Relocating to the USA
Posted 29 August 2012 - 12:48 PM
I currently live and work in Johannesburg, South Africa as a 1st AC and occasionally operate. I have worked on commercials, documentaries, corporates, music videos, short film, TV and some independent features. It has mostly been local content but I have had the opportunity on working on some international TV and doccies, mostly UK stuff.
After living here in South Africa for the past 10 years, my wife and I have made the decision to move to the States. Having had a child 3 years ago, we decided that we would prefer to raise him in the US rather than here. I love South Africa but the crime and other concerns have become too much.
Though I am originally from the States I have not worked in the film industry there. It was after arriving here that I fell into it, fell in love with it and now don't want to leave it. I know that the industry here is quite different from its American counterpart. We have no unions and even though I am mainly a 1st AC, I have an agent that finds a lot of my work for me. I would say about 80% of working professionals here in South Africa utilize agents and crew houses to find work for them. Although about 40-50% of my personal work comes from the contacts that I have established, my agent is very helpful in resolving issues with production, getting me good rates and finding me quality work.
Our decision to move to the States has raised a lot of questions for me. I can't imagine doing any other job, ever. In the short time that I have been in the industry I have made a lot of progress and I believe that comes from the love that I have for what I do. I am expecting to have to start over when I arrive there; I doubt that opportunities to pull on TV show will crop up when I land at the airport.
Below are my long winded questions. I thank you all in advance for taking the time to read them, I know it can be painful.
1. Has anyone had a similar experience moving from a somewhat isolated region of the film industry to the states? If so and there is any advice to share please do.
2. Unions. We don't have them here, at least not in the film industry, so the rules and regulations seem a bit foreign to me. Any resources to help me navigate this would be helpful. I know that this forum is one of them but others could be useful as well. Mostly, how do I join?
3. Busy regions. Though it would be great to work on a big Hollywood production or TV series, that is not my main motivation. My main motivation is my desire to get better at what I do and I believe that can be achieved by working in a variety of situations, various styles of production and formats and working with other talented and committed crew. But to do this I need to be busy. I'm never against travel but it would be helpful if I lived in an area that has a variety of opportunities and somewhat steady flow of productions happening on various levels. I've thought about Chicago (because I once lived there and enjoyed the city), Louisiana, and of course New York or Southern California. Any advice on these areas or others that I have yet to consider would be greatly appreciated.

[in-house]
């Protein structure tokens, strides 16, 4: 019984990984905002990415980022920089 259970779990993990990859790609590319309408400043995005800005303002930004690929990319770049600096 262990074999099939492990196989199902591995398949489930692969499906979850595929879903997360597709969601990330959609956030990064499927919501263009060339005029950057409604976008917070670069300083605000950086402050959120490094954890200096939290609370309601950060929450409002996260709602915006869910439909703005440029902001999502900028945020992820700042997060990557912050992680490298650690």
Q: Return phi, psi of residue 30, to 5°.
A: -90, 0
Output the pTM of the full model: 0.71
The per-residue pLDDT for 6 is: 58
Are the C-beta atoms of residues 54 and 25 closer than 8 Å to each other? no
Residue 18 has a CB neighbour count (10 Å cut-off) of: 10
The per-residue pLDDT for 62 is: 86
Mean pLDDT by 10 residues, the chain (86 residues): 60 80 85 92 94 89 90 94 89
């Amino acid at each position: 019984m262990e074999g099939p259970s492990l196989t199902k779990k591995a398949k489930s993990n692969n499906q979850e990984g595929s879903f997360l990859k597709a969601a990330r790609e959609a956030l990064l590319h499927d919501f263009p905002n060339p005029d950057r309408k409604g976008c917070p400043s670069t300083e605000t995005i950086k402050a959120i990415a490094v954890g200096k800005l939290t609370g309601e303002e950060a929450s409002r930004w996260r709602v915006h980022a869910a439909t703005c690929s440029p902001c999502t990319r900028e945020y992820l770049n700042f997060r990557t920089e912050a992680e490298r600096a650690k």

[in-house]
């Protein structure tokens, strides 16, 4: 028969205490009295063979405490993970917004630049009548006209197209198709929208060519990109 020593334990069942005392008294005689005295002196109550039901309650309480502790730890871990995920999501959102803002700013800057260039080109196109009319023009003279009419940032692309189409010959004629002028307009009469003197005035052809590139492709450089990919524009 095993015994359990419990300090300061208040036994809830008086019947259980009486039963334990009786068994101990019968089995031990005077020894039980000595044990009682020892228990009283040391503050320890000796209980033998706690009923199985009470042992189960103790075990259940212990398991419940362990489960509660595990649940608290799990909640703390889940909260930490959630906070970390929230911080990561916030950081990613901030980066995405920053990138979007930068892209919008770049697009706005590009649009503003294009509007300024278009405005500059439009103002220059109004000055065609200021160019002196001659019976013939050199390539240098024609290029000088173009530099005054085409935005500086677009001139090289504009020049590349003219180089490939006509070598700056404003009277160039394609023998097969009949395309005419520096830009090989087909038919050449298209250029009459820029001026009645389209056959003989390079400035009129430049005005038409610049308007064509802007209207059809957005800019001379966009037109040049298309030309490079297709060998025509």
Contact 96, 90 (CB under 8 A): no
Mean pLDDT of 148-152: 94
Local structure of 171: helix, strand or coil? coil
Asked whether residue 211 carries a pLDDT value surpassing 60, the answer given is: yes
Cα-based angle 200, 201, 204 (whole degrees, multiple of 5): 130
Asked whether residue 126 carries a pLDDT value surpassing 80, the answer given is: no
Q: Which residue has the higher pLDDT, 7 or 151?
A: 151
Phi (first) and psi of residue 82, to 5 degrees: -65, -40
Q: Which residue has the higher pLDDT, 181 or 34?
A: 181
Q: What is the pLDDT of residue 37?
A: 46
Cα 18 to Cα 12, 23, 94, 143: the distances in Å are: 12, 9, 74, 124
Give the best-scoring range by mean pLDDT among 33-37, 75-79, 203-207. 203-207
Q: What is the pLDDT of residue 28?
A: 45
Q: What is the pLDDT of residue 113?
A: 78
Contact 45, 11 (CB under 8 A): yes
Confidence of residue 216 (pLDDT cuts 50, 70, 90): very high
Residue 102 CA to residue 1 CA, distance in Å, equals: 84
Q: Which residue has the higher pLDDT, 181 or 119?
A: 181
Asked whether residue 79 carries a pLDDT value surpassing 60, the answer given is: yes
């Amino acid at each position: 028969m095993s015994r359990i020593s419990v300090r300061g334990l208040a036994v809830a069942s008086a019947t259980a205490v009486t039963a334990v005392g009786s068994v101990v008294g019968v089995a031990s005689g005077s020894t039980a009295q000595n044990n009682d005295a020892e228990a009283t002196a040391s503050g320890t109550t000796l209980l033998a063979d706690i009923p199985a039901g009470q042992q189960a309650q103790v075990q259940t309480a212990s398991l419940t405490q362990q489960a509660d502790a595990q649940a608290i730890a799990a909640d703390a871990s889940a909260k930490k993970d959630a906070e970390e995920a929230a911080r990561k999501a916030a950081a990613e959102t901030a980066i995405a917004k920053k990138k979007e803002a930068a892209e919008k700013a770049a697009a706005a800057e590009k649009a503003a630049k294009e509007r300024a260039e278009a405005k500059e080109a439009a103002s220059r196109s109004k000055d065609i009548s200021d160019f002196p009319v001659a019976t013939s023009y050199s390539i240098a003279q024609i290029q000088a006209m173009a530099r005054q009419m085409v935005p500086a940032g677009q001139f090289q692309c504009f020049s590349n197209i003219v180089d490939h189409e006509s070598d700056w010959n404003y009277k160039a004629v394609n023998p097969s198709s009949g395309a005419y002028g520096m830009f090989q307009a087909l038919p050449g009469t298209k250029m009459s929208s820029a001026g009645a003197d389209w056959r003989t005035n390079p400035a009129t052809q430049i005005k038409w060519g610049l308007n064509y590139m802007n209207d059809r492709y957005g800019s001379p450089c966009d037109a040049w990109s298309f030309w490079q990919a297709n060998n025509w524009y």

4. What are the best resources for work? Having an agent and working in a small area with a lot of productions usually means that the work kind of lands on my lap. I have a couple of handfuls of local DPs that I work with on a regular basis and they keep me quite busy throughout the year. I know that networking is a huge part of it here and I presume that it is on that side of the world too. That being said, I work with a lot of DPs that I have never met in my life and those usually come from production companies calling my agent and requesting a puller. I have seen some websites that allow you to post your resume and browse for jobs but they never seem to be that active; unless production companies simply go online and browse through the postings and call people direct.
5. What are the chances that Mitt Romney is actually going to become president?
Thanks again for any advice.
Posted 29 August 2012 - 02:26 PM
Unless you have a familial connection to the US (an American parent or spouse, or a very few other things) you will need special paperwork to allow you to work in the US. The US immigration authorities do not generally issue this paperwork to people in order for them to work freelance, unless they can prove they have very high level skills, which would imply a lot of high end work and very wide experience, lots of mentions in press articles, and so on. It is often possible for actors to do this as they tend to get a lot of press, but crew don't, and especially people who aren't heads of department or a highly qualified worker in some tricky discipline.
That being the case, you aren't going to the US. Many of us would if we could.
Posted 30 August 2012 - 08:05 AM
Posted 30 August 2012 - 11:18 AM
In which case, go enjoy yourself!
More or less every time I go to LA I get offered work I can't take, which is immensely frustrating, so I can't imagine you'll have too many problems.
Posted 17 September 2012 - 03:20 AM